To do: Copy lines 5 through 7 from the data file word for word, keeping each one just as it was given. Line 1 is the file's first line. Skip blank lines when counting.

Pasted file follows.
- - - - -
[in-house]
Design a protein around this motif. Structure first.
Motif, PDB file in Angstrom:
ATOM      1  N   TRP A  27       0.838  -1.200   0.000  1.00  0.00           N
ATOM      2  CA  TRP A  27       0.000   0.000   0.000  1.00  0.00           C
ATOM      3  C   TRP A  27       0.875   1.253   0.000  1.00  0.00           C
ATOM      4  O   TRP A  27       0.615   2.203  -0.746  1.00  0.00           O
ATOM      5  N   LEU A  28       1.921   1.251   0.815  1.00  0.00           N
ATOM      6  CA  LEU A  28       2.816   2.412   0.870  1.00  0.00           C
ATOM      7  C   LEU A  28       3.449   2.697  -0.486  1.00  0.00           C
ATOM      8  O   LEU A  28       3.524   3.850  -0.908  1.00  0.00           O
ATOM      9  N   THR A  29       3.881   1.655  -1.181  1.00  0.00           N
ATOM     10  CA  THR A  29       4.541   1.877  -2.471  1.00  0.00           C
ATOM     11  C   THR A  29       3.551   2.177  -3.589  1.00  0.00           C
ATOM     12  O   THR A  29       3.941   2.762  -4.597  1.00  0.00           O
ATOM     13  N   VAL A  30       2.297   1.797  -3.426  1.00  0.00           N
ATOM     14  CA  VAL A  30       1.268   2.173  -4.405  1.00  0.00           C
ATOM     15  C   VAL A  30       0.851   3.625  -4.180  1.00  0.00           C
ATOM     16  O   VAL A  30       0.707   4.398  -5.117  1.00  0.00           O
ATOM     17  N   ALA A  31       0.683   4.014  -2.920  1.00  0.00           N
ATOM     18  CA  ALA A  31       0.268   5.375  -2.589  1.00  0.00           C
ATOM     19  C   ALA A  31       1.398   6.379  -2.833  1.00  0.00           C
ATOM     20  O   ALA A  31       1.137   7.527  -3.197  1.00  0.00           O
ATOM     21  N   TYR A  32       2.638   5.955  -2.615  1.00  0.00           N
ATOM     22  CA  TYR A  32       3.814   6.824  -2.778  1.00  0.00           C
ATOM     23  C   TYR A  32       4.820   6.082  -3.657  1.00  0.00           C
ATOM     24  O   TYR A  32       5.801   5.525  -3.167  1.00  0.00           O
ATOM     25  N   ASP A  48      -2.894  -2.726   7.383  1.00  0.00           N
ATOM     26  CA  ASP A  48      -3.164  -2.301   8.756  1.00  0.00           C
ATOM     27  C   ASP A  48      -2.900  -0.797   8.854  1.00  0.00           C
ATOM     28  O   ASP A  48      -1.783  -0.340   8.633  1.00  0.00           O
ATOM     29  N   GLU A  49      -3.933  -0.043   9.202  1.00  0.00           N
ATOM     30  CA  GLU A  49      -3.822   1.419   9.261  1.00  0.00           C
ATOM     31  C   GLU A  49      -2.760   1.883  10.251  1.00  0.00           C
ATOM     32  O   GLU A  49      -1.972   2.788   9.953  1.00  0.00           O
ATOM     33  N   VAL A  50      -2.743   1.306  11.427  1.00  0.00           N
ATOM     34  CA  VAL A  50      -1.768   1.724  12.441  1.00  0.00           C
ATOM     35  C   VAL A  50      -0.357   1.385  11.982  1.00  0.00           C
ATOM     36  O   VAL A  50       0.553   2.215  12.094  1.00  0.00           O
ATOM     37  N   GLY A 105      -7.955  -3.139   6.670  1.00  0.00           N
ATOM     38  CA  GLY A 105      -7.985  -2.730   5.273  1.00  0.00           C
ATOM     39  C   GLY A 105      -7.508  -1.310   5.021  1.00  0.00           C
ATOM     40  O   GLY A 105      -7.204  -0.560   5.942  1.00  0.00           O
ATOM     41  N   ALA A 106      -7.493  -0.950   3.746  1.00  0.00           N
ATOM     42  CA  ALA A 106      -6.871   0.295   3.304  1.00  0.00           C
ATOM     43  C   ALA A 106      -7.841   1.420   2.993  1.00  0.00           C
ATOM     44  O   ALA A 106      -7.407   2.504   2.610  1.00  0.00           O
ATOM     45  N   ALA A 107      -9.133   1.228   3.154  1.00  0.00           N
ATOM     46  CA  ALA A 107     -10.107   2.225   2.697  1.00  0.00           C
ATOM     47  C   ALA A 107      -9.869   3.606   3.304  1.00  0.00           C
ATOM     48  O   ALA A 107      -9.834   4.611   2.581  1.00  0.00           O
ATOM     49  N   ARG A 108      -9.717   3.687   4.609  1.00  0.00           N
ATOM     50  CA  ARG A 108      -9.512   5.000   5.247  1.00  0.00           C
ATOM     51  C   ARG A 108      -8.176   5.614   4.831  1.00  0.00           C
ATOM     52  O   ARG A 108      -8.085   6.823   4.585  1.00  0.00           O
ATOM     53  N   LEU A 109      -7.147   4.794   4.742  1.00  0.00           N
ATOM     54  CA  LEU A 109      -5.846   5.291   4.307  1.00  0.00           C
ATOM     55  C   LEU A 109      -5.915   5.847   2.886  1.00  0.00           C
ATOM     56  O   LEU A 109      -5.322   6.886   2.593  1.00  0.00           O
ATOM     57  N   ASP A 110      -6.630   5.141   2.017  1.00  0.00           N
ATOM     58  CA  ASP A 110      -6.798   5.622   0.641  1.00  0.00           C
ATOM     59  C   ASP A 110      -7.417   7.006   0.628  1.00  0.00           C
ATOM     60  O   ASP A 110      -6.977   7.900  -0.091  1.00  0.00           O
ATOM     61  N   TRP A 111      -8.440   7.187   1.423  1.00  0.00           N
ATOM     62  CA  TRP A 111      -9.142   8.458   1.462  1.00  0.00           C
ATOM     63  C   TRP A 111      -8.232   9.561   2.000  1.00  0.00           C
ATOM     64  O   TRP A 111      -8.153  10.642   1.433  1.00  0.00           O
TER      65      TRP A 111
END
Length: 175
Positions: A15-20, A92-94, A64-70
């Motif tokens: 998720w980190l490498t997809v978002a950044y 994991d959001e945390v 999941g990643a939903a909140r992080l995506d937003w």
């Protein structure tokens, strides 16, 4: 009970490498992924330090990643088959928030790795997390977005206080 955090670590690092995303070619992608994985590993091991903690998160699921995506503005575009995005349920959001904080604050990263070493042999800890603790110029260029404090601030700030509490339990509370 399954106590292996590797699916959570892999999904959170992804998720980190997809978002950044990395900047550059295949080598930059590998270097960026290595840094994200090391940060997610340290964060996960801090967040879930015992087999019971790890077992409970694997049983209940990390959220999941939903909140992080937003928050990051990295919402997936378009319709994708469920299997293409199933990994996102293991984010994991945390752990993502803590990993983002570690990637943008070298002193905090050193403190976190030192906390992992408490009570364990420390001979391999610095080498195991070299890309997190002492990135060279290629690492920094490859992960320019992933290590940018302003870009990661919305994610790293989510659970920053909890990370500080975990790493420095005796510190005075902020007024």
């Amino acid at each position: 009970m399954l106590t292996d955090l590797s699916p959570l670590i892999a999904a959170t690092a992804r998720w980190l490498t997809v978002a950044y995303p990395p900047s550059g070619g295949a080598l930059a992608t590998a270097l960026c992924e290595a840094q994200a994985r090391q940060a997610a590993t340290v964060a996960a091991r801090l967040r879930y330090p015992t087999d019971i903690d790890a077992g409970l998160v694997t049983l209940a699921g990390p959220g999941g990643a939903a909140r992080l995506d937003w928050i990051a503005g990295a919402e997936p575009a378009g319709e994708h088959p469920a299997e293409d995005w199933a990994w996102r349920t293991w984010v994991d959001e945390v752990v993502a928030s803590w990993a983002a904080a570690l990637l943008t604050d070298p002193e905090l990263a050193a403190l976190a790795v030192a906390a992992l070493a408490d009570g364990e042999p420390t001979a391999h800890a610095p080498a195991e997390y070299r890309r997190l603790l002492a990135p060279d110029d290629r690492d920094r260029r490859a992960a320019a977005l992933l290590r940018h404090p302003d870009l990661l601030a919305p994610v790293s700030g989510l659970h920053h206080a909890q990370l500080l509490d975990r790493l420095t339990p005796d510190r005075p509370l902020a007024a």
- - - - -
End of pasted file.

ATOM      2  CA  TRP A  27       0.000   0.000   0.000  1.00  0.00           C
ATOM      3  C   TRP A  27       0.875   1.253   0.000  1.00  0.00           C
ATOM      4  O   TRP A  27       0.615   2.203  -0.746  1.00  0.00           O